‘Mary Poppins Returns’ Fulfills Expectations

Even though sequels are usually inferior to the originals,

Walt Disney Pictures

Even though sequels are usually inferior to the originals, "Mary Poppins Returns" shatters the stigma.

Kennah Salvo, News Editor

Sequels rarely live up to the glory of their predecessors, and Disney’s “Mary Poppins” is so iconic, I couldn’t see how its sequel could possibly live up to the original. I walked into the theater to see “Mary Poppins Returns” with low expectations, but high hopes. In the end, my expectations were blown way out of the water and all but a few of my hopes were fulfilled.

The plot is based on the now-adults Jane (Emily Mortimer) and Michael Banks (Ben Whishaw), the children from the original movie. They are struck with money troubles after Michael’s wife dies, and the siblings must find a way to save their childhood home. In the midst of this, their childhood nanny Mary Poppins (Emily Blunt) reemerges to care for Michael’s children; Anabel (Pixie Davies), John (Nathanael Saleh), and Georgie (Joel Dawson).

While the new movie carries the same feel good family themes as the original, it surpasses the former in terms of overall success. There is suspense, a mystery, and interesting conflict that was missing from the original.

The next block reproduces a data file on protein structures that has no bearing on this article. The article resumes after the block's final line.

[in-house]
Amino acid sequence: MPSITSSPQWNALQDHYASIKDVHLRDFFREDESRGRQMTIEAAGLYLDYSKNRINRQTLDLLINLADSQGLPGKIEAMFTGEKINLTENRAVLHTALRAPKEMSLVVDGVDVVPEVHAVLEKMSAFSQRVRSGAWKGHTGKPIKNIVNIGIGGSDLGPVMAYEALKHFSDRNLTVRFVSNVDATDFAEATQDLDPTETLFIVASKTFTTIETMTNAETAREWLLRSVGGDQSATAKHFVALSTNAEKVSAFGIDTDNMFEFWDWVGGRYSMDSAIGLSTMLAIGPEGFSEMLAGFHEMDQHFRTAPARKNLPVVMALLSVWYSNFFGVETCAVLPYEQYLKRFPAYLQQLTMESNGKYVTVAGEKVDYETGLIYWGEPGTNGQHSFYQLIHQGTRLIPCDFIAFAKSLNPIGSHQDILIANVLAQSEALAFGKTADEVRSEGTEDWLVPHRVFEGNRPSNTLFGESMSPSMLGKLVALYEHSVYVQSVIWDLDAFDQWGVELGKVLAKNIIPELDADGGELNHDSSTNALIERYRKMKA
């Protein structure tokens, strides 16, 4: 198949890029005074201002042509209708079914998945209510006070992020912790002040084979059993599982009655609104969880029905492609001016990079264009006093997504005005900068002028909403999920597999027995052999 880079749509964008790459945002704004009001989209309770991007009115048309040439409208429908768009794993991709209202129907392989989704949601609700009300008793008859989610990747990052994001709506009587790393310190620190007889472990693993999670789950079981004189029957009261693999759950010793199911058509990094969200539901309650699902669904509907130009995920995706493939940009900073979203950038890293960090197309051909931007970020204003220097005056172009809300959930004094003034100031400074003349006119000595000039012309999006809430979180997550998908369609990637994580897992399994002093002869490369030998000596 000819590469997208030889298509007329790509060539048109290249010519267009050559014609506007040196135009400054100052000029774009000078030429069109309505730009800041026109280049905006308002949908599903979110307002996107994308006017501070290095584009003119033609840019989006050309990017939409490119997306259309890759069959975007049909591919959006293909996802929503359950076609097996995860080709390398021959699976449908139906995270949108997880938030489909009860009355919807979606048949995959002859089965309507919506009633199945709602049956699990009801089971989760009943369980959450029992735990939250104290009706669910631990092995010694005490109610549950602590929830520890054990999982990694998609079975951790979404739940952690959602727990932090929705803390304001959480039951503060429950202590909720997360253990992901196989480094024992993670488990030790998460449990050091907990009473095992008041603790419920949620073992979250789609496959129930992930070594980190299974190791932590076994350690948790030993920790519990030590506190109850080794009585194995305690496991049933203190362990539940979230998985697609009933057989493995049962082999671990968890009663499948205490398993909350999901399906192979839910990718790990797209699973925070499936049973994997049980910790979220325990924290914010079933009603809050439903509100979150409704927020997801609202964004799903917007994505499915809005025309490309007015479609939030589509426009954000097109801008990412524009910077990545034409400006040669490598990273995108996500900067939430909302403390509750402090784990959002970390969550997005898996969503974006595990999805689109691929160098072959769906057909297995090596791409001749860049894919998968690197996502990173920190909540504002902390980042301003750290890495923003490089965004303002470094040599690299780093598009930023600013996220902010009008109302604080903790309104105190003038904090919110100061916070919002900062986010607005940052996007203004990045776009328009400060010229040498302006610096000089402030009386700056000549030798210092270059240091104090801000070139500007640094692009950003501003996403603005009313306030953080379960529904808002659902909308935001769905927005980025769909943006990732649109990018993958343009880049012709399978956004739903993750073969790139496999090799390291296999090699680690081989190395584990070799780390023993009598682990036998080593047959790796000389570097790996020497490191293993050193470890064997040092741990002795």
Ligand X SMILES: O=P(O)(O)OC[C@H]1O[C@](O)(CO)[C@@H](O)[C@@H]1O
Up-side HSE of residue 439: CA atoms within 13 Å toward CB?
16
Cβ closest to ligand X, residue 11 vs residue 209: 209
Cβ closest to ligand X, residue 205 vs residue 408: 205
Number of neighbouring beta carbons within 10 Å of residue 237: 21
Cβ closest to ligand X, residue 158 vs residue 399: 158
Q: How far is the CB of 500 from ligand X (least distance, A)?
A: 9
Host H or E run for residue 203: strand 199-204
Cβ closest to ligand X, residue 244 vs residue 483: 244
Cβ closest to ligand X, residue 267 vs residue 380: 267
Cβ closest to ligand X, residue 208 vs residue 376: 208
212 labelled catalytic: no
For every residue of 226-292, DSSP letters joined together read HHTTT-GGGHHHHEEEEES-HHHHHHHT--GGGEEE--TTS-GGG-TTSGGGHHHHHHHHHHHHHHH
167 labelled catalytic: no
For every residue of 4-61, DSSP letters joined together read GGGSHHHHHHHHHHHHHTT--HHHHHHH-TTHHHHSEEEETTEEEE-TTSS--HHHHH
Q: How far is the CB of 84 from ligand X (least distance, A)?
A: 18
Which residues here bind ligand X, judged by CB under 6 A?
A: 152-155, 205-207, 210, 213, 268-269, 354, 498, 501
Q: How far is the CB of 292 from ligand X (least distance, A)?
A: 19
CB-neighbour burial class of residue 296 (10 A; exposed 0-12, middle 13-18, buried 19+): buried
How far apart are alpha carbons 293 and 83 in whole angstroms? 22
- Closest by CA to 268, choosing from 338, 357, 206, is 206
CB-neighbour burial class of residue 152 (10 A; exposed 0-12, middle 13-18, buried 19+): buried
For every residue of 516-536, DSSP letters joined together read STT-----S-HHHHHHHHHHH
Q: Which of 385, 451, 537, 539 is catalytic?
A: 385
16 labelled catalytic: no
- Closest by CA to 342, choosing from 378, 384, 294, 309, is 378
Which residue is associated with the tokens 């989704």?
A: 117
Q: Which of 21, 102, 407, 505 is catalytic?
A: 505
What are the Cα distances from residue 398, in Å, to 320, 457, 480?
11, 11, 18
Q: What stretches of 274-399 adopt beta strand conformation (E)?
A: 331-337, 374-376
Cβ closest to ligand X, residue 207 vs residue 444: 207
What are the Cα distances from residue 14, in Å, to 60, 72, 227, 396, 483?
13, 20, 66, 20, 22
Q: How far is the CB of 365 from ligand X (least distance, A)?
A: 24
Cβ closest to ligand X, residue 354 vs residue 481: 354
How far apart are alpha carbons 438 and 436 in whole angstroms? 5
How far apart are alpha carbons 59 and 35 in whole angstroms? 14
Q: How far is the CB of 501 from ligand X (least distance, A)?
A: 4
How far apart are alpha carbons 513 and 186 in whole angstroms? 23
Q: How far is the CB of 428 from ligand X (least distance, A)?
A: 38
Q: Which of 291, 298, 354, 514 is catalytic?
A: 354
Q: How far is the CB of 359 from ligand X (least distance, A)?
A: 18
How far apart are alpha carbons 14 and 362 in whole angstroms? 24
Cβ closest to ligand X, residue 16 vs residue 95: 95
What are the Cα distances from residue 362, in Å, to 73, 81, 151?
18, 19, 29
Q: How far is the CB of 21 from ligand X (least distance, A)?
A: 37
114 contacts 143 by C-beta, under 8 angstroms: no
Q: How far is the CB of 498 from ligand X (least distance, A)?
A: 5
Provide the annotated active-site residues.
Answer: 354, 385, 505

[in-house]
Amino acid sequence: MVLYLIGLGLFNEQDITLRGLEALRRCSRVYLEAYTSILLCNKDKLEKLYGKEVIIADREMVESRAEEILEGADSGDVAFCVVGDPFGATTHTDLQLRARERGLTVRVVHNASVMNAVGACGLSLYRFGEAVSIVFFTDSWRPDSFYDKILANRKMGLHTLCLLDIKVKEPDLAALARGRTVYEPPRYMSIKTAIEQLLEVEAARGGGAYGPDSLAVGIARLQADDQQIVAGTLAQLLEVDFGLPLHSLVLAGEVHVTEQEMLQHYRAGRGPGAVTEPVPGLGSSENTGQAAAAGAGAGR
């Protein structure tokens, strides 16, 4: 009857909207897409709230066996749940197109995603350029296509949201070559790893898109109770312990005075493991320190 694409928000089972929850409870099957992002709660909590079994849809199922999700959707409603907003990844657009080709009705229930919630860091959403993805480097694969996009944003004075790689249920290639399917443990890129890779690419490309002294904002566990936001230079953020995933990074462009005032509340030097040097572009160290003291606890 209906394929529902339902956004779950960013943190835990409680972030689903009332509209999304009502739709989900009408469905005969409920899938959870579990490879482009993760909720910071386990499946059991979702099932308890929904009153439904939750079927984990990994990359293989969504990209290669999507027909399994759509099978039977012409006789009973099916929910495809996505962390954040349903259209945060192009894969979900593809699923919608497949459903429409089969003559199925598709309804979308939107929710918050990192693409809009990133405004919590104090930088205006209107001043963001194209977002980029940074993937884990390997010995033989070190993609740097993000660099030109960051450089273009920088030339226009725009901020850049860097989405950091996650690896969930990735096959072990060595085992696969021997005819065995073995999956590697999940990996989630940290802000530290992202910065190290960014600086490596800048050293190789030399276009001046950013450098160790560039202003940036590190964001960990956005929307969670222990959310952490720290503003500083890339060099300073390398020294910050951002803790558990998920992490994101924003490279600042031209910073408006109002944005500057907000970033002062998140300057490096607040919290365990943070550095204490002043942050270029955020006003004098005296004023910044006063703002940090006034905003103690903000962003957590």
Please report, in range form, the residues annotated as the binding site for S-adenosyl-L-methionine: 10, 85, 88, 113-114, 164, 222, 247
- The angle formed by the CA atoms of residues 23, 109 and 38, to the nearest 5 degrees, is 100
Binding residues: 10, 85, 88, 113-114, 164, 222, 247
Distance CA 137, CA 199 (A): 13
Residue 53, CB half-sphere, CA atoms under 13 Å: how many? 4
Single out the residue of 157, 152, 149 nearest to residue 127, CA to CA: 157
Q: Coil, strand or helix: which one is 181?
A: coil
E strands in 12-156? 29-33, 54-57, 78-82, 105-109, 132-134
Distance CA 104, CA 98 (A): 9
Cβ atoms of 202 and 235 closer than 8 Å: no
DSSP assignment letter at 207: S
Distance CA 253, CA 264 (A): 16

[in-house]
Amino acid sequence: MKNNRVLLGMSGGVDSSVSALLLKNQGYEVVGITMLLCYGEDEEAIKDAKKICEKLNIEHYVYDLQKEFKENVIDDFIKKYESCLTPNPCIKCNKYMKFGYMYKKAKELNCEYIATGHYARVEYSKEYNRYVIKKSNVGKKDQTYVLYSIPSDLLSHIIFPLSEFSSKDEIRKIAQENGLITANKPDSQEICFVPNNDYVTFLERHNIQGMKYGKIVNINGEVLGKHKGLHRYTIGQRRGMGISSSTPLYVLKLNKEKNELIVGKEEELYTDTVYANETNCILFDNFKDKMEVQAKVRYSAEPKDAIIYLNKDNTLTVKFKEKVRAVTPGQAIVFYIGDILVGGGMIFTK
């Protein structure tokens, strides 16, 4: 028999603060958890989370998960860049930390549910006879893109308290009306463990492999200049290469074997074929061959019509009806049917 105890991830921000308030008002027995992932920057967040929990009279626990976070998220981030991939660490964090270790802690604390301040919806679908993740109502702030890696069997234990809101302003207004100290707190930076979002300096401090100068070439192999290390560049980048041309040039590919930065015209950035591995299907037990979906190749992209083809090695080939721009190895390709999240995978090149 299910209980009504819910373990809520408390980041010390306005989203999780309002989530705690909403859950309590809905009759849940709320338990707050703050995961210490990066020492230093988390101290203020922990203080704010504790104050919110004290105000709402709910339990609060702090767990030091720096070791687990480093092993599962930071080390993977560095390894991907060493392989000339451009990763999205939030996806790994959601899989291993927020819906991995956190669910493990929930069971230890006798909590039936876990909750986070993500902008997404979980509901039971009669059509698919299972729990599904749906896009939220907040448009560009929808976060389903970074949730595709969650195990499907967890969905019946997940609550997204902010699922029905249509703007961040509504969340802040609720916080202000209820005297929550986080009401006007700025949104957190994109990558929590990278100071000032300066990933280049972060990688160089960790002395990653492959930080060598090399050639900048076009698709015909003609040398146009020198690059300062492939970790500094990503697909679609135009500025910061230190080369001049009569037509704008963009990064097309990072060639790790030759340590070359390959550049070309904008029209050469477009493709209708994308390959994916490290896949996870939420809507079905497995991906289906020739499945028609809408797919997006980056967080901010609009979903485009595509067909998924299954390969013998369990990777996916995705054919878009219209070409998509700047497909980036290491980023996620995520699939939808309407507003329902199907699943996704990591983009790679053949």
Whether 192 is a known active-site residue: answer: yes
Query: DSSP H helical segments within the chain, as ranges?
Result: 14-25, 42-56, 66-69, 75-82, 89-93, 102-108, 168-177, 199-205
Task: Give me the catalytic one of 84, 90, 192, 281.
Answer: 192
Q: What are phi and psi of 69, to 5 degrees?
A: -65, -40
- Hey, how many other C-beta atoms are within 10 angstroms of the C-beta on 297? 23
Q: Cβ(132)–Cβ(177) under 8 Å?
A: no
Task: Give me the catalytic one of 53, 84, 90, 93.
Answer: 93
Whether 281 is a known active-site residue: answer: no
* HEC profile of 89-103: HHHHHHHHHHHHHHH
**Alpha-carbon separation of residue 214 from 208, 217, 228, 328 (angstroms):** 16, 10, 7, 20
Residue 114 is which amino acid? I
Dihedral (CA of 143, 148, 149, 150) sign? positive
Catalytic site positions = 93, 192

I also appreciated all of the musical numbers in “Mary Poppins Returns” that were nods to music in the original film. For example, “Can you Imagine That?” parallels the classic “Spoonful of Sugar” song performed by Julie Andrews years ago.

In addition, Dick Van Dyke, who played both Bert and Mr. Dawes Sr. in the original, returned for a role as Mr. Dawes Jr. Although he only appears for a few minutes at the end of the movie, the scene ends the film on a comedic note, and leaves the audience something to laugh about on the way out.  

The Balloon Lady (Angela Lansbury) is also a tribute to the original film, portraying the Bird Lady to whom Michael tries to give a tuppence as a child. The Balloon Lady is present in the closing scene of the movie which parallels the closing scene of the original.

I was only disappointed with the lack of an equivalent to “Supercalifragilisticexpialidocious,” the most iconic musical number of the original score, and the personality of Mary Poppins herself. While she is definitely the same character, she seems changed, slightly stricter and even a little jaded. Part of Mary’s magic is that she stays forever young, so the changes were a little disappointing. All in all, the movie’s strong points far outweigh its weak points.

This is definitely a must see movie. Whether you’re a die hard fan of the original and the books, or have never seen hide nor hair of the magical nanny before, there’s something in this movie for everyone. I recommend it due to the excellent plot and nostalgic adaption executed by a first rate cast.